Alipay and WeChat Pay are conquering the world of Chinese tourism payments at the expense of cash and, perhaps most notably, UnionPay. In their battle to become the dominant mobile payments platform at home, Alibaba and Tencent have directed significant efforts toward becoming the payment method of choice for China’s outbound travelers. On average, more affluent than the typical Chinese consumer, becoming the platform of choice for these traveling consumers is key.
Of course, the infrastructure used to support payments made by Chinese tourists could also be repurposed to roll out Alipay and WeChat Pay payments in a foreign market—for foreign customers—when the time is right. Nonetheless, the primary target of these international expansions remains Chinese tourists. Now, however, Chinese mobile payment solutions are being used to facilitate tax evasion by Chinese-owned stores.
In Vietnam, Chinese mobile payments are now being highlighted as part of the so-called zero-dollar tour problem and related criminal activities that many Southeast Asian countries in China’s periphery have been struggling with.
With zero-dollar tours, tours are offered to Chinese consumers at extremely low prices, with costs recouped from things like “forced shopping” at partnering stores in foreign destinations. Such tours have also been found to produce next to no revenue for the receiving countries as virtually every part of the journey is controlled by Chinese companies or associates and little or no benefit is derived by local tourism stakeholders.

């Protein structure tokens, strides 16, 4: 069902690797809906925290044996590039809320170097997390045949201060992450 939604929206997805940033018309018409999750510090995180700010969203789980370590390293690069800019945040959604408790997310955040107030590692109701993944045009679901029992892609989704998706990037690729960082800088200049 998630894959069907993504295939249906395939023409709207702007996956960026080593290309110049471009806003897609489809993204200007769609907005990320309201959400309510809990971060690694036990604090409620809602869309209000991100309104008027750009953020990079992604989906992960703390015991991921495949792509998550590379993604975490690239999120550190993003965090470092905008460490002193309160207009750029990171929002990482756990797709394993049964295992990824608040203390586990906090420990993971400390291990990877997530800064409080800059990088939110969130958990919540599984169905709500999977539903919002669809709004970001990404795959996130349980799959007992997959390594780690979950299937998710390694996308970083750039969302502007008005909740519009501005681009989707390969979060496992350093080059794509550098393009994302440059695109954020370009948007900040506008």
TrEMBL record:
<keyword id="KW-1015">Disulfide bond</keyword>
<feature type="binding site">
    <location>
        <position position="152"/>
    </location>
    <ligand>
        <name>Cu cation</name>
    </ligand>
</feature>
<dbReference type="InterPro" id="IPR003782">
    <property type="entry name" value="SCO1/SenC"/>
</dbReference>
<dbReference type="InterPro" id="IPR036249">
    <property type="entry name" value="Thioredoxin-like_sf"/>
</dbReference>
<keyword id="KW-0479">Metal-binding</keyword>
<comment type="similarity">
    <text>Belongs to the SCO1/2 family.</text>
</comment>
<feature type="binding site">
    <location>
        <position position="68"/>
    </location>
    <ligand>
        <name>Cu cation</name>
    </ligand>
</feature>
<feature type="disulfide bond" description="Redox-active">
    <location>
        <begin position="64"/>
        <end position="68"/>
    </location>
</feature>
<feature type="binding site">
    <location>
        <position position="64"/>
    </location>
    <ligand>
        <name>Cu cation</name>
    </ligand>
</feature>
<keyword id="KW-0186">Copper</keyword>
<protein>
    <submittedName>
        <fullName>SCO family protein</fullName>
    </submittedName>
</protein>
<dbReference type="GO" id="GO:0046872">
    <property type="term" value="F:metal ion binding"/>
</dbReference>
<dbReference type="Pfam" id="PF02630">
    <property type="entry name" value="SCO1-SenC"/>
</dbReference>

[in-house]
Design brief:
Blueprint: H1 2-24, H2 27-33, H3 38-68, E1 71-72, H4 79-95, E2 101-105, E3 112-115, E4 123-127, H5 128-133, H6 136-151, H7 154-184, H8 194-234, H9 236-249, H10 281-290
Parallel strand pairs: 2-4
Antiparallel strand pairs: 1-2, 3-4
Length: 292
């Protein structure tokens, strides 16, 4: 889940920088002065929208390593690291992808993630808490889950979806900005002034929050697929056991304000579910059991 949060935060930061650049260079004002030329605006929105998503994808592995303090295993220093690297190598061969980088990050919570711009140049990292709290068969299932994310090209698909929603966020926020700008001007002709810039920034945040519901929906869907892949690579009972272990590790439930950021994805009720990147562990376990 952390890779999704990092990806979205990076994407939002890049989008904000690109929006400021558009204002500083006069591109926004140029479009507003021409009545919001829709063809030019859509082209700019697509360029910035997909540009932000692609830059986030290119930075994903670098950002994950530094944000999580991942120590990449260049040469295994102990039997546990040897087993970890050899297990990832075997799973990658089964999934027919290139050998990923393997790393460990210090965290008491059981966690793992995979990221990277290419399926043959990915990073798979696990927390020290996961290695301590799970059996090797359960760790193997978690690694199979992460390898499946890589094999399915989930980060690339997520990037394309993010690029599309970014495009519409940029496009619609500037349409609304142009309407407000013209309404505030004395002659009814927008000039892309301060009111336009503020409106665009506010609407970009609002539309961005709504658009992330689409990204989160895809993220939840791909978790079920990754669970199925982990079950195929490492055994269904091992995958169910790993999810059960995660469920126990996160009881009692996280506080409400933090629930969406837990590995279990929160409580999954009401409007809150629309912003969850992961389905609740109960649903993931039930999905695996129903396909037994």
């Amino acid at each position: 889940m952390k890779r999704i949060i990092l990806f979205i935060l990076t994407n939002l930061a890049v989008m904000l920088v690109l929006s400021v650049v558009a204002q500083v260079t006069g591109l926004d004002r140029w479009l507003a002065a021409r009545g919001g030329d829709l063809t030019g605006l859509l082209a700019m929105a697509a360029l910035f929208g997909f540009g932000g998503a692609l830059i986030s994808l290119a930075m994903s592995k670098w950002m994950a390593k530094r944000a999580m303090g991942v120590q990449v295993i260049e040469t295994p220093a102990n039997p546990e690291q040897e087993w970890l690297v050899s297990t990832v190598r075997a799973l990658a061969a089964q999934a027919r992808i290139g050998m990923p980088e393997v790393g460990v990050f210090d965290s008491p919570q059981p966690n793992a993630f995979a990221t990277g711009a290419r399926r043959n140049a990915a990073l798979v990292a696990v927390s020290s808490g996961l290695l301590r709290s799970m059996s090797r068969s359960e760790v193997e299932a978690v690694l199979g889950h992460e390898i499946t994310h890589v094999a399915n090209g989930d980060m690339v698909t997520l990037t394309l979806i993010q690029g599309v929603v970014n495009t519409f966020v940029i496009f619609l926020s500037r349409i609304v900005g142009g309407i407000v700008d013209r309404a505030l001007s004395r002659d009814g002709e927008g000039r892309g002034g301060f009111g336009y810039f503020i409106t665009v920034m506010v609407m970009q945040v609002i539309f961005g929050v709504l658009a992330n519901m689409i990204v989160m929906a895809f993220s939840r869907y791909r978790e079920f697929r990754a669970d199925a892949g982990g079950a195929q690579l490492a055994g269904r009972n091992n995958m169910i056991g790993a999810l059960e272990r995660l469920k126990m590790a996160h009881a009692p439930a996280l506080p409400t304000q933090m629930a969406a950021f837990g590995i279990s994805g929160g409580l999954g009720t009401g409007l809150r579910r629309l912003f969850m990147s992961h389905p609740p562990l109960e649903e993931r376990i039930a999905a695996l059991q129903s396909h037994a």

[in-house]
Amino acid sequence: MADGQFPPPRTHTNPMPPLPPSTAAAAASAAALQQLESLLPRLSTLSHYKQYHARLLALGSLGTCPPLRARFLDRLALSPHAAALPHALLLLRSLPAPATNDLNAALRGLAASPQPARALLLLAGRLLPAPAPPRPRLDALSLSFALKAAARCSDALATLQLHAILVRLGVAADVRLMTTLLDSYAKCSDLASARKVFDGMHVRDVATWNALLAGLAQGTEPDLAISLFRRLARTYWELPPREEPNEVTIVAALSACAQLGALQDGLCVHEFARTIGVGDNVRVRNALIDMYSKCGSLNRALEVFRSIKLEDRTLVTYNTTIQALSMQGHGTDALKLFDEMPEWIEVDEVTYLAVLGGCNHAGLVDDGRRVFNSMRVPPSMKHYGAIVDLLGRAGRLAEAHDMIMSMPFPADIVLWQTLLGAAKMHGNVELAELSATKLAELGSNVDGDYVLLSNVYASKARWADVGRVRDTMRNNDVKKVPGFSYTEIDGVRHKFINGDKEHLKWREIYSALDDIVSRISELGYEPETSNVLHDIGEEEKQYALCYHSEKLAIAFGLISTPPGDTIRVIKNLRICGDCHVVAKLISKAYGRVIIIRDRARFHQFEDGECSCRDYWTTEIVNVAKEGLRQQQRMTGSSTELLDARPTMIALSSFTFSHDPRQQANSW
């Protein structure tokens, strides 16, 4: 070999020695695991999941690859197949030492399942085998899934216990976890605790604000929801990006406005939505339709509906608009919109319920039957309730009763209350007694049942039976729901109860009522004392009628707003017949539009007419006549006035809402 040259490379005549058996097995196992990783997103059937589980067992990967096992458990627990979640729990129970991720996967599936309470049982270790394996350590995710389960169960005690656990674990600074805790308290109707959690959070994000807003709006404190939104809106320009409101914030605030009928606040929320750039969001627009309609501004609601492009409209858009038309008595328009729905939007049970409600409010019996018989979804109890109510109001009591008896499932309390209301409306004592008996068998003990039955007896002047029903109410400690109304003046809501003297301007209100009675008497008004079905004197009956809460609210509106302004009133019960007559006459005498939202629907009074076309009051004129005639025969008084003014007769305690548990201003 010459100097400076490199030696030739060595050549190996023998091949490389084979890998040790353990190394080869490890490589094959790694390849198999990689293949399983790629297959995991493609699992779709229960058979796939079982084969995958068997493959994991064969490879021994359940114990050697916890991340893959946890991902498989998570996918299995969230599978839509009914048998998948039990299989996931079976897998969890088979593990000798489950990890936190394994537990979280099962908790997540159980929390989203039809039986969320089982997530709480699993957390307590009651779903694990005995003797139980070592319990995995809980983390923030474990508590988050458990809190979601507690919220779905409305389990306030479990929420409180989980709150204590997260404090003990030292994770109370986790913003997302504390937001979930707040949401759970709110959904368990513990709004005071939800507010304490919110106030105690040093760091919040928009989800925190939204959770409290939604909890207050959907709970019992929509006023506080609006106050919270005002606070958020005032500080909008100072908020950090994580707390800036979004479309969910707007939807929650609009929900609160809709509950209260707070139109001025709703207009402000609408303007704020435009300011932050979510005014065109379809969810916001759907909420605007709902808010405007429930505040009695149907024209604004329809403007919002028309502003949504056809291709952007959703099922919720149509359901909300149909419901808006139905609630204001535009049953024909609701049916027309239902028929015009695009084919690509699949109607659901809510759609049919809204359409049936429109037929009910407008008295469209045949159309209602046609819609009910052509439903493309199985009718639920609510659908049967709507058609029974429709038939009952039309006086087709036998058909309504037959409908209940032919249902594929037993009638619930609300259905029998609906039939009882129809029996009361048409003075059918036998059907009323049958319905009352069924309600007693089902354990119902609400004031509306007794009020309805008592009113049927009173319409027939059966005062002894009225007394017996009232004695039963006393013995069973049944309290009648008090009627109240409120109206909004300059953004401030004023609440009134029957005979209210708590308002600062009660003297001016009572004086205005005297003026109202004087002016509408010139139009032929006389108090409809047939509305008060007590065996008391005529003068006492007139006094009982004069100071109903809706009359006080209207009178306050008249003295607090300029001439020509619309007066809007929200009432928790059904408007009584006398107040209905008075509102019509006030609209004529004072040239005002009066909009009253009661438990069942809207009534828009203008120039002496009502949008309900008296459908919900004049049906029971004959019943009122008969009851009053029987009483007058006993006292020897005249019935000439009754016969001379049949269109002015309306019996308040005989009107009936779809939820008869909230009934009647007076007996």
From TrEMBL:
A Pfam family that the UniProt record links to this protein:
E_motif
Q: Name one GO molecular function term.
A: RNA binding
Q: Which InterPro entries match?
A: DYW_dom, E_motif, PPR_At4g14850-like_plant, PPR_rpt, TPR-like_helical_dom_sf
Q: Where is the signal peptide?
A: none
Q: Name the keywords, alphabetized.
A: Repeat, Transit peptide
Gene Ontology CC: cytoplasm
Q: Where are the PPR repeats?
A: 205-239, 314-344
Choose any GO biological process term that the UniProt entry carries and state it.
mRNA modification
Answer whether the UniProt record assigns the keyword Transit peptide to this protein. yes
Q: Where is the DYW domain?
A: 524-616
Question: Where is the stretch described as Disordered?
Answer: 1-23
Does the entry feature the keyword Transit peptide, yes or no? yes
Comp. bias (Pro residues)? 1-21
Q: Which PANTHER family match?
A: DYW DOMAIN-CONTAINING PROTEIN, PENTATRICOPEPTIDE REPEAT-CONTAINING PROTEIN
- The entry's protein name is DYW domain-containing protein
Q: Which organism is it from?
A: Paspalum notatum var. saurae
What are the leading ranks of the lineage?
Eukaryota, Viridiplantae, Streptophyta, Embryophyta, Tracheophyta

In Vietnam, Chinese mobile payments are now being alleged as part of such exploitative practices, with Chinese POS terminals being used to process payments by Chinese tourists—in other words, bypassing Alibaba and Tencent’s local partners entirely. With Chinese tourists’ payments processed in Chinese renminbi using Chinese POS terminals, Vietnam not only loses out on the ability to collect taxes but is also unable to understand the extent of Chinese consumption in the country.
“Recently, there have been a number of Chinese-owned businesses using POS payment machines or e-wallets issued in China to receive RMB payment from Chinese tourists while trading in the territory of Vietnam. This is a serious breach of Vietnam laws. Due to prices listed and payment accepted in foreign currency in the territory of Vietnam, it has caused direct money flows from buyers’ bank cards or e-wallets to that of the sellers in the China territory only without flowing into Vietnam, and has resulted in unmanageable transactions as well as tax losses,” said VIMO’s CEO Do Cong Dien in a Fintech Innovation report. VIMO is a local partner of both Alipay and WeChat Pay in Vietnam.
Dien encourages Chinese tourists to make sure that the stores they’re shopping in are offering legal Alipay and WeChat Pay transactions— but that may be easier said than done when dealing with a payment method that is designed to be fast and seamless.
One thing is for certain: the zero-dollar tour problem is far from solved in Southeast Asia, and new technologies like Chinese mobile payments may be making conducting such criminal activities easier than ever. Unlike cold hard cash, mobile payments don’t need to cross any physical borders. Unfortunately for Tencent and Ant Financial, they may need to take steps to stop users from utilizing their platforms to break foreign laws, a task easier said than done.